For an agnostic brought up in a pretty anti-religion household, I’m surprisingly into church services.
I love the sound of the organ, the incense, the men in robes, the hope that God might just be looking down on us.
Above all, I enjoy the friendly welcome when I visit with my children a few times a year.
No one questions us about our religion, or lack of it, and usually they seem glad of the numbers.
And they don’t even seem to mind when the youngest goes AWOL down the aisle.
With their (community) school, my children have also been able to visit mosques and temples, which open their doors in the name of education and community cohesion.
I am glad that my children won’t grow up ignorant of other people’s beliefs and traditions, even if – as my oldest insists – they “don’t believe in them Gods”.
But it seems strange that, despite this apparent openness, when it comes to oversubscribed schools run by and for specific faiths, things can become much less welcoming.
Faith school admissions
For a parent, school admissions are like choosing houmous in Waitrose – unfathomably complex.
Faith schools that use religion as a factor in admissions only add to the confusion and are, by their very nature, exclusive, not inclusive places.
I am well aware that there are many faith-based schools that are educating children of all faiths and none and are doing a good job.
But, as the Fair Admissions Campaign estimates, 72 per cent of all places at faith secondaries – equivalent to 13 per cent of places at all secondaries – are subject to religious admissions criteria.
While in the eyes of God all the families in an area may be equal, in the eyes of some faith schools they are not.
On the other side of the coin, some worry that the proliferation of faith schools – in the name of parent choice – might be leading to a lack of choice for some.
At the end of April, Baroness Joan Bakewell, a high-profile humanist, told members of the House of Lords that the over-supply of religious schools in some areas “effectively [forces] children into faith schools against their parents’ wishes”.
She highlighted the fact that although 52 per cent of British adults say they have no religion, almost three in 10 families in England live in areas where most or all of the closest primary schools are faith schools.
So many parents have no choice but to apply to schools with a religious ethos, even when they would prefer their child to attend a straightforward community school.
As the government ploughs on with plans for 14 new voluntary-aided schools that would be able to select all their pupils on the basis of their faith, the picture is only set to get worse.
In an era when it is more important than ever for people of different beliefs to mix and learn from each other, the coming of these “exclusive” faith schools seems like a massive backward step.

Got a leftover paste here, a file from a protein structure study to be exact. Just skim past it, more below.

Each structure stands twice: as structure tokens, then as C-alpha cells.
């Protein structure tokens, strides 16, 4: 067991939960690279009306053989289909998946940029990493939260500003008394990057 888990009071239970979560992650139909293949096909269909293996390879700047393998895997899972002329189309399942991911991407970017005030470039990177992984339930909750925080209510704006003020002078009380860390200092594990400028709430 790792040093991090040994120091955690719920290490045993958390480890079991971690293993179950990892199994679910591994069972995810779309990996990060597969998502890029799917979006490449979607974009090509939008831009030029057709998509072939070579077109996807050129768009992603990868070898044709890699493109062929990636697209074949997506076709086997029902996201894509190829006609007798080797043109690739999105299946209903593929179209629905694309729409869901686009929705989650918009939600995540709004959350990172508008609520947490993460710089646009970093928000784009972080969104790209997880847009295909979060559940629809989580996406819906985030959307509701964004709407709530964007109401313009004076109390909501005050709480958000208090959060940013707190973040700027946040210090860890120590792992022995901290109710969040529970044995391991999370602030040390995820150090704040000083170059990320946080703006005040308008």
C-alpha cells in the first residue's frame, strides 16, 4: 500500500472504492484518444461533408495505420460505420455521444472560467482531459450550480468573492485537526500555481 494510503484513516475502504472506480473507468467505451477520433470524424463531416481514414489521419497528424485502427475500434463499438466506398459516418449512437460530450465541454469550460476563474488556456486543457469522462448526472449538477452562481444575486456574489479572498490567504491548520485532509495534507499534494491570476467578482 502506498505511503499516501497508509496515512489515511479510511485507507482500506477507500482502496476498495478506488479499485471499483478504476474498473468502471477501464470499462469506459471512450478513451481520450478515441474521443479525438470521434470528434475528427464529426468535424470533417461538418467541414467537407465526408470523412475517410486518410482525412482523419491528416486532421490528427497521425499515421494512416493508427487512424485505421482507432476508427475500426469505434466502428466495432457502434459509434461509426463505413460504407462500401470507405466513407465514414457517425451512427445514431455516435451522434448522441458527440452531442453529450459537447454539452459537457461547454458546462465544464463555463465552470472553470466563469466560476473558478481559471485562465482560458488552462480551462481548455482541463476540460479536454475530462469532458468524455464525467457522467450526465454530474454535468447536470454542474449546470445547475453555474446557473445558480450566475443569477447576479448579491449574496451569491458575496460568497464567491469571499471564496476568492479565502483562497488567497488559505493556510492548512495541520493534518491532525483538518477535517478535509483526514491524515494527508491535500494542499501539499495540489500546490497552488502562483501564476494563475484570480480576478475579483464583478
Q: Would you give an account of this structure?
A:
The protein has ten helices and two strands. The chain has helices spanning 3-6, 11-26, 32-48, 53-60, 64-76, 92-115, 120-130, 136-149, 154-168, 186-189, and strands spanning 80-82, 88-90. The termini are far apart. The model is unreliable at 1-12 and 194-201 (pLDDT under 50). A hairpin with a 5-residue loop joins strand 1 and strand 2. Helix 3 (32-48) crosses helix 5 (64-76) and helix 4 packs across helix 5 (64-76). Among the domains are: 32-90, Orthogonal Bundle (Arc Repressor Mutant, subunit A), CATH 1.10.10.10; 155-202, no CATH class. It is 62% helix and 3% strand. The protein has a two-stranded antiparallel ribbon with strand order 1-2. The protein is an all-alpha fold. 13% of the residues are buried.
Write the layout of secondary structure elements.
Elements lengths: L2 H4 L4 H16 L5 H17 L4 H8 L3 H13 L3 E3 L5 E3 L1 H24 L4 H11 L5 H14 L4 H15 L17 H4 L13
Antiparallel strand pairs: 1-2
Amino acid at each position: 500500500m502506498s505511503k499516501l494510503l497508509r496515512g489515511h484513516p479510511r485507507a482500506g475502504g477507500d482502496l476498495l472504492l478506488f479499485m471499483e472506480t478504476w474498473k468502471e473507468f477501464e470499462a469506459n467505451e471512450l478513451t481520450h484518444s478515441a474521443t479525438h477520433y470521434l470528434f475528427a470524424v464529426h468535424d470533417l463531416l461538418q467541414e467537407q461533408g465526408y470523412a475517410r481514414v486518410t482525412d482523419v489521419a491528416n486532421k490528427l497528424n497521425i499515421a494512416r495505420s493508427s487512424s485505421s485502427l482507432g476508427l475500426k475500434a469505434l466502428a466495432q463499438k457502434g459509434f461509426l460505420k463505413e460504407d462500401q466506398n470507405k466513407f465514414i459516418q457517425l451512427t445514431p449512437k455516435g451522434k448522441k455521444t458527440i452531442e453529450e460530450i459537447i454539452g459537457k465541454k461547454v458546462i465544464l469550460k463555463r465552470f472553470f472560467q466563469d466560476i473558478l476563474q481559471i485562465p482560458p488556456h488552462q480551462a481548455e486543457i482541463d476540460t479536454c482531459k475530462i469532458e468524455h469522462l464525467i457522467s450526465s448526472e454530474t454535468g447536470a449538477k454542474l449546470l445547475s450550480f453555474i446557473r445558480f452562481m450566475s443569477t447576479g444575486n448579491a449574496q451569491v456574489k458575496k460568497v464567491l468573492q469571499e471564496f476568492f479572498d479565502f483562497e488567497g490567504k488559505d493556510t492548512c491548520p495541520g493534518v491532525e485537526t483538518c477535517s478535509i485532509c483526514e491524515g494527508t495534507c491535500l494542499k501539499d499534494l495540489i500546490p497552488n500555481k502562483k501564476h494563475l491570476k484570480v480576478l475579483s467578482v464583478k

Channel 4’s The Great British School Swap, which ended this week, illustrated well the dangers of children and adults not having the chance to mix with those from other faiths and cultures.
After spending time in each other's schools, Muslim children from a school in Birmingham had formed life-long bonds with white non-Muslim children from a school in Tamworth, just a few miles down the road.
But prior to the swap, the level of ignorance and prejudice among parents and pupils was alarming.
So that brings me to this: how can it be a positive thing for a local girls’ Islamic free school to siphon off Muslim girls from the local comprehensives, as is happening in my area?
What does it achieve other than dilute diversity elsewhere and comfort Muslim parents that their daughters will be shielded from the cut and thrust of the comp?
Why should my daughter, who will almost certainly end up in the comprehensive, be denied friendship with these girls who have been shunted down the road for special treatment?
And how do you tell your Year 6 son that he can’t go to the Hindu school that his best friend is going to because he’s not Hindu? What an odd message to be sending out to our children.
Of course, I understand that parents want their child to be able to fit in, have friends and have their religious and cultural needs catered for by their school.
But ordinary comprehensives, especially those with already very diverse intakes, are incredibly good at that already.
In a society greatly in need of a bit of mutual understanding and tolerance, it is hard to believe that we are continuing to slice up the population of our education system along religious lines.
How does this fit in with any sort of message about diversity and inclusivity that schools are asked to promote?
Irena Barker is an education writer and parent of three primary-age children. She tweets as @irenabarker